Here’s reason #68743 to stop scrolling through Instagram while Snapchatting your lunch, and go outside and actually interact with a real human, face to face: A new study has revealed that a lack of in-person social interaction directly correlates to an increased risk of depression down the line.
New research published in The Journal of the American Geriatrics Society looked at a group of 11,000 adults aged 50 , and what they learned about the mental health boost of face to face human contact is fascinating: The folks who reported the lowest level of social interaction with friends and family (like less than once every few months) had an 11.5 percent likelihood of being depressed to years later. Compare that to the people who had the highest level (multiple times a week), who only had a 6.5 percent chance of developing depressive symptoms.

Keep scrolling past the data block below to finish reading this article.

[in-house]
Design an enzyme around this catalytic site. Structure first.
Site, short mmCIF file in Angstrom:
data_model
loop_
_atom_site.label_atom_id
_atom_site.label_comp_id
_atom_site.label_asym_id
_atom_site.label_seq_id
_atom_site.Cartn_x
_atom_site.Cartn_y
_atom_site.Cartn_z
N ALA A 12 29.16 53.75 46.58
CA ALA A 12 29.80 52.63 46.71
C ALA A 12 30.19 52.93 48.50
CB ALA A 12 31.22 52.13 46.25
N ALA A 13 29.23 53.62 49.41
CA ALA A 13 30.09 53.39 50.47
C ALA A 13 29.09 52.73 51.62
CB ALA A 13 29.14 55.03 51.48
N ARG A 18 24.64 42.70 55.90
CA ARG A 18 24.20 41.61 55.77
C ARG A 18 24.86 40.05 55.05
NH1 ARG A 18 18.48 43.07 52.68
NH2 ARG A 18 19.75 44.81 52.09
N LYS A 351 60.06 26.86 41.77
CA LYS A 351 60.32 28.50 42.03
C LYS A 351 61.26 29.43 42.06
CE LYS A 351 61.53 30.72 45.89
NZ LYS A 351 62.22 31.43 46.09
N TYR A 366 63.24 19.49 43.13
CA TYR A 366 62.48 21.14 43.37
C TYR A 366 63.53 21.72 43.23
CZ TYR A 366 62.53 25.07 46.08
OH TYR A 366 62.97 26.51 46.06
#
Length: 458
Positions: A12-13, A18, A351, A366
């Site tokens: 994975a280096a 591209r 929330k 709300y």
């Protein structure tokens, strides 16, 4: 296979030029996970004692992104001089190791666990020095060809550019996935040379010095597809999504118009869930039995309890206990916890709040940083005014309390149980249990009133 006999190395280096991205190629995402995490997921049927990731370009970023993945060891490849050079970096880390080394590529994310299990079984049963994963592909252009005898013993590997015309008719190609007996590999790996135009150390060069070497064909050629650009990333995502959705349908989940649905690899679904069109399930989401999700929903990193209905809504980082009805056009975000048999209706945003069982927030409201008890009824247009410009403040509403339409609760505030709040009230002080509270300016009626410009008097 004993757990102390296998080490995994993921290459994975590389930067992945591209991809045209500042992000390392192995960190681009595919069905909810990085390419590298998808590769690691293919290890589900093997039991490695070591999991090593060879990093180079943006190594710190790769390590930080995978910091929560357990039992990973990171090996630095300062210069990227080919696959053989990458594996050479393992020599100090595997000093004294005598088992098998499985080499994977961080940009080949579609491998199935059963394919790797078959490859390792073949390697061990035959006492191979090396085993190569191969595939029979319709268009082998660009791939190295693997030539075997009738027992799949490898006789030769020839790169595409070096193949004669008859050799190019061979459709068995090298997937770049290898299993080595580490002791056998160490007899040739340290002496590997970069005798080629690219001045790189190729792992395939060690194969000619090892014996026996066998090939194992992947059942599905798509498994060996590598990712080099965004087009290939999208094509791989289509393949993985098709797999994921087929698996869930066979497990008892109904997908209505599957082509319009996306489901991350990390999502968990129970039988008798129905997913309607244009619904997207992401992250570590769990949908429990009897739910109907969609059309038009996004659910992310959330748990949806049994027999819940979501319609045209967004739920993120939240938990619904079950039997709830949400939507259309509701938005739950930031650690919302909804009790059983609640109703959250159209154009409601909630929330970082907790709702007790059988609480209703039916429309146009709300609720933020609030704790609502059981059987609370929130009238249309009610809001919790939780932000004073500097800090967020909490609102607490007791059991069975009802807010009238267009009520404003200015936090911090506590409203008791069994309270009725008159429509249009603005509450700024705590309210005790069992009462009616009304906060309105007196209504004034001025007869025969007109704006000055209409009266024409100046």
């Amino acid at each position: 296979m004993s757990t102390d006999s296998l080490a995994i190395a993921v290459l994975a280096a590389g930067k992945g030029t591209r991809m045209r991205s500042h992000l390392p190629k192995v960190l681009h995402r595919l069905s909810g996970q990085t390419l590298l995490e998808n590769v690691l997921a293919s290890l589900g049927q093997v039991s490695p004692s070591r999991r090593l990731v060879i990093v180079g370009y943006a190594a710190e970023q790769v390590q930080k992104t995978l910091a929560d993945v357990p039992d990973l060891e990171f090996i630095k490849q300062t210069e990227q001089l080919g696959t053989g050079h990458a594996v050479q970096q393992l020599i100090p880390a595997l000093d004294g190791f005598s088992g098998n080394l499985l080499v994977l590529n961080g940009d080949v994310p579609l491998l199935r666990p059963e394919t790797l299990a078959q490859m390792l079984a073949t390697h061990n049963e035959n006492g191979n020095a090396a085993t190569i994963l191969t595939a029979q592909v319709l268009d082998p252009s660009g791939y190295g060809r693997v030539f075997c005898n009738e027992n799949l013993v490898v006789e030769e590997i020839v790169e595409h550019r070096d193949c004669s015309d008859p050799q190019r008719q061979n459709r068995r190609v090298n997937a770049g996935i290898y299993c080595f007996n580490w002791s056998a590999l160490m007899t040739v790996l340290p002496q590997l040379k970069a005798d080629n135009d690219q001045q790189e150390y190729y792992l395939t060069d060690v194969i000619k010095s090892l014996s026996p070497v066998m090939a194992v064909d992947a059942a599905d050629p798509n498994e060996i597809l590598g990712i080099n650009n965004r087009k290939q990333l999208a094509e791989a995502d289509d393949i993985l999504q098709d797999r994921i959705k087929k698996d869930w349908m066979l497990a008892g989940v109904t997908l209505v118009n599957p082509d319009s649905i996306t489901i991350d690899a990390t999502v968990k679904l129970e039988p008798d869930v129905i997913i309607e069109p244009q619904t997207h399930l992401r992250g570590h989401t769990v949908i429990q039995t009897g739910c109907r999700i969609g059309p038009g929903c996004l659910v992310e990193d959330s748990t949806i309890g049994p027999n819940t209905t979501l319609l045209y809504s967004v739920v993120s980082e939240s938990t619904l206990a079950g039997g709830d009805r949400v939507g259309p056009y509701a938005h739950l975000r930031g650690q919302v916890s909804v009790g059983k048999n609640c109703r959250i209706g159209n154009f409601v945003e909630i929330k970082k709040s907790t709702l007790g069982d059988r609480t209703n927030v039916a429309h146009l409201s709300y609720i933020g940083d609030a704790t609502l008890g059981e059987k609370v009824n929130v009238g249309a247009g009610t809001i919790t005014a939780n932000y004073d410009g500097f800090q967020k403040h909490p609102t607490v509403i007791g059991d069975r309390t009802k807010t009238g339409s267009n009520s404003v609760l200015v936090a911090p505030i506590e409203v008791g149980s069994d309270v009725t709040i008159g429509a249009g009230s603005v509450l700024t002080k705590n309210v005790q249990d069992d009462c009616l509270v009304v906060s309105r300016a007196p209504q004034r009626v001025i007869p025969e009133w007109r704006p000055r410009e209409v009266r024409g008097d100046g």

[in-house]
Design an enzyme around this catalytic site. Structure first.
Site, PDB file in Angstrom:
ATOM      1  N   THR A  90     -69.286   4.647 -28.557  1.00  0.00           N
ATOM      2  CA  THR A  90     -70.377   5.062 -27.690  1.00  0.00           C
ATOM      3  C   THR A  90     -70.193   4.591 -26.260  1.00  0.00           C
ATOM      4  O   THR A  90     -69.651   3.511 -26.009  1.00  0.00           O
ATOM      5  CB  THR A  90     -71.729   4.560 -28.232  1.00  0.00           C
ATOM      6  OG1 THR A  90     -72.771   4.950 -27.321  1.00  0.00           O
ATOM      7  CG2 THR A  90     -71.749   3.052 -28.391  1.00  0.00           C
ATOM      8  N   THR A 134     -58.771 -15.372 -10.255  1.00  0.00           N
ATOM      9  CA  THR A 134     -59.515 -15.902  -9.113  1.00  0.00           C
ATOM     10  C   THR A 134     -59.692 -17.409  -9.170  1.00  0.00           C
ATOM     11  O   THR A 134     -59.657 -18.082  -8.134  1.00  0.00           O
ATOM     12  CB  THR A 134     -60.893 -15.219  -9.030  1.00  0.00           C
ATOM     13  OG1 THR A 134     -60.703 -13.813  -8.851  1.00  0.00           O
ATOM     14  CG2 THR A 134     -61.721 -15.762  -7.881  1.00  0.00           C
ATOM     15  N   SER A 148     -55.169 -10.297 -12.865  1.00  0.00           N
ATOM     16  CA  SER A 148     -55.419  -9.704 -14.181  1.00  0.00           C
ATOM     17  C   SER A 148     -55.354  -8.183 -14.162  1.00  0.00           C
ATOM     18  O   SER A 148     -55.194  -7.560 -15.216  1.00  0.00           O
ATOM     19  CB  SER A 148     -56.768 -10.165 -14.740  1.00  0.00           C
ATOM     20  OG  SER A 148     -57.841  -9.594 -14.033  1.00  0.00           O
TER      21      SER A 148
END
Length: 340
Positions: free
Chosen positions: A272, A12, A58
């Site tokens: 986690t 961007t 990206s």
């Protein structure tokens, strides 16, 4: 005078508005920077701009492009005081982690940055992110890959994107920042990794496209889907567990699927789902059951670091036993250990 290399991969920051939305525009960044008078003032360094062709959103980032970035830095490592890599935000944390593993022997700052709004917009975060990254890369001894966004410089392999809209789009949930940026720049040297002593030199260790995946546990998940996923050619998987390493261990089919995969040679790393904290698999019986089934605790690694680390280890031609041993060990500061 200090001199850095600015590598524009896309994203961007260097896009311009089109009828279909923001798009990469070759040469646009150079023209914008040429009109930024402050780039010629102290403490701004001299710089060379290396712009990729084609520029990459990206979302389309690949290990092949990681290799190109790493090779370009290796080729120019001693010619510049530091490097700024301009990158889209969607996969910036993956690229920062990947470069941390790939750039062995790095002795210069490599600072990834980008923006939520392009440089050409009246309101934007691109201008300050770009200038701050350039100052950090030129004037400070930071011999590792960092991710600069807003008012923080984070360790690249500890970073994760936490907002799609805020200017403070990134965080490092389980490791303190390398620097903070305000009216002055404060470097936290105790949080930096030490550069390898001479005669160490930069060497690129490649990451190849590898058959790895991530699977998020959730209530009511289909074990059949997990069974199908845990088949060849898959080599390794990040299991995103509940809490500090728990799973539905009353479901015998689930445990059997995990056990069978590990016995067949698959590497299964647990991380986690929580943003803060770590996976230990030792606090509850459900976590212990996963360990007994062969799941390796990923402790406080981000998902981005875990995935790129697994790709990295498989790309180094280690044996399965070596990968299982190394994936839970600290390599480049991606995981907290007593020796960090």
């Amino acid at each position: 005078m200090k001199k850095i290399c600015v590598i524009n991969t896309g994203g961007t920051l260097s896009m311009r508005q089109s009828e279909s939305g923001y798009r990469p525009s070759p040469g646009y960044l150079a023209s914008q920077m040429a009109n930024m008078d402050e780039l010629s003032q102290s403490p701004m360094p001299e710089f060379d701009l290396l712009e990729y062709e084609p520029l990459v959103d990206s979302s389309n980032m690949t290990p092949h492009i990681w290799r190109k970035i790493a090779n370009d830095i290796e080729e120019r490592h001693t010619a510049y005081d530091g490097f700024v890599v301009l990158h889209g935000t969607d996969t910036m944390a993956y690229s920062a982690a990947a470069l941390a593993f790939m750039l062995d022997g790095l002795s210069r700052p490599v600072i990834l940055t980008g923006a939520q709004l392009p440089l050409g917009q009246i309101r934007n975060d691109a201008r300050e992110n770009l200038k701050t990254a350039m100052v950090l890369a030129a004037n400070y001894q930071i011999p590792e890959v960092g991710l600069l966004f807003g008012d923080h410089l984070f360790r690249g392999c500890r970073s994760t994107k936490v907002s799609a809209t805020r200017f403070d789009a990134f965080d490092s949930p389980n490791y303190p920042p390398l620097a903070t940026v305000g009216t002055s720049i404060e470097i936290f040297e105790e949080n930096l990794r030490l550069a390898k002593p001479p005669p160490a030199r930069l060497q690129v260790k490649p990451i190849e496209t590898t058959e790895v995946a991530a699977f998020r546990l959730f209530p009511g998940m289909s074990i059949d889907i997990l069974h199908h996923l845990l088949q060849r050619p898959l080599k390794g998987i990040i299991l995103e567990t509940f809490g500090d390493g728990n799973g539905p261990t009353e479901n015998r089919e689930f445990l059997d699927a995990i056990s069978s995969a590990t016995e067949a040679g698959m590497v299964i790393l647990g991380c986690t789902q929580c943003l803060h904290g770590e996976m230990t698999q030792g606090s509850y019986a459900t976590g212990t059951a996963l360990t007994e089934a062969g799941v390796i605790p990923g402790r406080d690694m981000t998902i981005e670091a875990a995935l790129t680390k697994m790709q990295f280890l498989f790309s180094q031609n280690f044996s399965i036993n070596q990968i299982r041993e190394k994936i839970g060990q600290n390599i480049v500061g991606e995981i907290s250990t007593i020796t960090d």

But wait, you might say: I maybe don’t meet up with my friends for dinner as much as I used to (my work hours are crazy!), but we email all the time and even sometimes talk on the phone.
First, that sucks about your job, and two, the study from the Oregon Health & Science University shows that while those digital efforts are nice, they actually don’t make much of a difference.
Moral of the story? Put the phone and go do something with your bestie.
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